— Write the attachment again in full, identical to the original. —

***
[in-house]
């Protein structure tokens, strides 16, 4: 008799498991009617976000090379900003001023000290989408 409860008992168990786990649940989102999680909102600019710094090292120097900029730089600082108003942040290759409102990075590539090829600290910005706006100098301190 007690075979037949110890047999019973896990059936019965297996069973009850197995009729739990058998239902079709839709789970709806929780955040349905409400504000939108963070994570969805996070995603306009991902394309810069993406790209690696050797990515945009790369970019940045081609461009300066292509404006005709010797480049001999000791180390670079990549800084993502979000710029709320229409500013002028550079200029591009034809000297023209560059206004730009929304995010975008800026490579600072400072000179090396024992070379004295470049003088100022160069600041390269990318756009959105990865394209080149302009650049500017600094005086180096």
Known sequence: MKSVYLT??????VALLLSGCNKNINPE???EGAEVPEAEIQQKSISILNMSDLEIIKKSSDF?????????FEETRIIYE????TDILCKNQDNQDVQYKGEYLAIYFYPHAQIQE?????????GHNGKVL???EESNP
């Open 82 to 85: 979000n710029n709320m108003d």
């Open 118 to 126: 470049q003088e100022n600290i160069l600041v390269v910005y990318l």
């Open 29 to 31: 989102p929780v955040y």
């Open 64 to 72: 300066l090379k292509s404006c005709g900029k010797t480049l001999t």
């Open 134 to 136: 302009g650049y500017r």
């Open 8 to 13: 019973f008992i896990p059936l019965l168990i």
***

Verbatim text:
[in-house]
């Protein structure tokens, strides 16, 4: 008799498991009617976000090379900003001023000290989408 409860008992168990786990649940989102999680909102600019710094090292120097900029730089600082108003942040290759409102990075590539090829600290910005706006100098301190 007690075979037949110890047999019973896990059936019965297996069973009850197995009729739990058998239902079709839709789970709806929780955040349905409400504000939108963070994570969805996070995603306009991902394309810069993406790209690696050797990515945009790369970019940045081609461009300066292509404006005709010797480049001999000791180390670079990549800084993502979000710029709320229409500013002028550079200029591009034809000297023209560059206004730009929304995010975008800026490579600072400072000179090396024992070379004295470049003088100022160069600041390269990318756009959105990865394209080149302009650049500017600094005086180096």
Known sequence: MKSVYLT??????VALLLSGCNKNINPE???EGAEVPEAEIQQKSISILNMSDLEIIKKSSDF?????????FEETRIIYE????TDILCKNQDNQDVQYKGEYLAIYFYPHAQIQE?????????GHNGKVL???EESNP
């Open 82 to 85: 979000n710029n709320m108003d």
């Open 118 to 126: 470049q003088e100022n600290i160069l600041v390269v910005y990318l």
């Open 29 to 31: 989102p929780v955040y």
């Open 64 to 72: 300066l090379k292509s404006c005709g900029k010797t480049l001999t």
């Open 134 to 136: 302009g650049y500017r």
């Open 8 to 13: 019973f008992i896990p059936l019965l168990i």